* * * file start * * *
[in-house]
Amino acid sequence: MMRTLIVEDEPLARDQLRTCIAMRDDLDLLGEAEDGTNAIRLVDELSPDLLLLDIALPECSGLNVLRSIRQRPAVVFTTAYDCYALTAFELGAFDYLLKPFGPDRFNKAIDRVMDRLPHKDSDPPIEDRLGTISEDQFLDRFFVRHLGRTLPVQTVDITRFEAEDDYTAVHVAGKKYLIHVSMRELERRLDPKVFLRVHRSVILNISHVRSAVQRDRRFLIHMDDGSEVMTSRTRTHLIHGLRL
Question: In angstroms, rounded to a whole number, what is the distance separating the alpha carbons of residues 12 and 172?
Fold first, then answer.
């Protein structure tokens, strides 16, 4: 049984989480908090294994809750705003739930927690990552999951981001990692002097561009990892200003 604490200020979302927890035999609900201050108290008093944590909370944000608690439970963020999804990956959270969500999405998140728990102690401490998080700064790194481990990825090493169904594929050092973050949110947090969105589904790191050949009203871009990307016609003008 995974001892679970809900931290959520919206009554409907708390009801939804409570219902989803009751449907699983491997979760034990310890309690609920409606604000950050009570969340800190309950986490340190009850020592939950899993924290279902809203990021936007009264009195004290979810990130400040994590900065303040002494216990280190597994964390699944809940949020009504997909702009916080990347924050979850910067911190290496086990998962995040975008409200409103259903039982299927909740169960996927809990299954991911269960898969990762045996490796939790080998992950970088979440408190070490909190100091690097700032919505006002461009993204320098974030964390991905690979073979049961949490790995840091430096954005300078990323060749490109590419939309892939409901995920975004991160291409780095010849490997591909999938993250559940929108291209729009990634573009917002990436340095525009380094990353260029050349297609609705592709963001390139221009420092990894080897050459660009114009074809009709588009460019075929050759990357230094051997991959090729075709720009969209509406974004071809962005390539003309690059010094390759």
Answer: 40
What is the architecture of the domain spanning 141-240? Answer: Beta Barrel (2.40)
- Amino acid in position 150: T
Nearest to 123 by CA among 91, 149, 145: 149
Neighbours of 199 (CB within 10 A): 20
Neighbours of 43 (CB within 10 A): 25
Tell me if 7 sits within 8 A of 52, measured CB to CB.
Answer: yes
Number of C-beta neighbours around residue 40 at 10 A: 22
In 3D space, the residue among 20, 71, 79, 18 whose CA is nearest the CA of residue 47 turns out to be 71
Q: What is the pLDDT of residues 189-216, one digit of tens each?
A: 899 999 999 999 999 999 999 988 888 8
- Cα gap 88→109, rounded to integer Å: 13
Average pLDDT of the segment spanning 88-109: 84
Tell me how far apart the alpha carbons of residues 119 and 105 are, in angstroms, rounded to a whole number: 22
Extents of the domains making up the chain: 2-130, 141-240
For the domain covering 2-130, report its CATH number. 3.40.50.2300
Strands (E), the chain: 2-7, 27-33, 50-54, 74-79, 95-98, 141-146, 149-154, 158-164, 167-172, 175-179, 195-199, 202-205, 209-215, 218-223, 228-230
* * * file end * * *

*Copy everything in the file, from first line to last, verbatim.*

[in-house]
Amino acid sequence: MMRTLIVEDEPLARDQLRTCIAMRDDLDLLGEAEDGTNAIRLVDELSPDLLLLDIALPECSGLNVLRSIRQRPAVVFTTAYDCYALTAFELGAFDYLLKPFGPDRFNKAIDRVMDRLPHKDSDPPIEDRLGTISEDQFLDRFFVRHLGRTLPVQTVDITRFEAEDDYTAVHVAGKKYLIHVSMRELERRLDPKVFLRVHRSVILNISHVRSAVQRDRRFLIHMDDGSEVMTSRTRTHLIHGLRL
Question: In angstroms, rounded to a whole number, what is the distance separating the alpha carbons of residues 12 and 172?
Fold first, then answer.
């Protein structure tokens, strides 16, 4: 049984989480908090294994809750705003739930927690990552999951981001990692002097561009990892200003 604490200020979302927890035999609900201050108290008093944590909370944000608690439970963020999804990956959270969500999405998140728990102690401490998080700064790194481990990825090493169904594929050092973050949110947090969105589904790191050949009203871009990307016609003008 995974001892679970809900931290959520919206009554409907708390009801939804409570219902989803009751449907699983491997979760034990310890309690609920409606604000950050009570969340800190309950986490340190009850020592939950899993924290279902809203990021936007009264009195004290979810990130400040994590900065303040002494216990280190597994964390699944809940949020009504997909702009916080990347924050979850910067911190290496086990998962995040975008409200409103259903039982299927909740169960996927809990299954991911269960898969990762045996490796939790080998992950970088979440408190070490909190100091690097700032919505006002461009993204320098974030964390991905690979073979049961949490790995840091430096954005300078990323060749490109590419939309892939409901995920975004991160291409780095010849490997591909999938993250559940929108291209729009990634573009917002990436340095525009380094990353260029050349297609609705592709963001390139221009420092990894080897050459660009114009074809009709588009460019075929050759990357230094051997991959090729075709720009969209509406974004071809962005390539003309690059010094390759």
Answer: 40
What is the architecture of the domain spanning 141-240? Answer: Beta Barrel (2.40)
- Amino acid in position 150: T
Nearest to 123 by CA among 91, 149, 145: 149
Neighbours of 199 (CB within 10 A): 20
Neighbours of 43 (CB within 10 A): 25
Tell me if 7 sits within 8 A of 52, measured CB to CB.
Answer: yes
Number of C-beta neighbours around residue 40 at 10 A: 22
In 3D space, the residue among 20, 71, 79, 18 whose CA is nearest the CA of residue 47 turns out to be 71
Q: What is the pLDDT of residues 189-216, one digit of tens each?
A: 899 999 999 999 999 999 999 988 888 8
- Cα gap 88→109, rounded to integer Å: 13
Average pLDDT of the segment spanning 88-109: 84
Tell me how far apart the alpha carbons of residues 119 and 105 are, in angstroms, rounded to a whole number: 22
Extents of the domains making up the chain: 2-130, 141-240
For the domain covering 2-130, report its CATH number. 3.40.50.2300
Strands (E), the chain: 2-7, 27-33, 50-54, 74-79, 95-98, 141-146, 149-154, 158-164, 167-172, 175-179, 195-199, 202-205, 209-215, 218-223, 228-230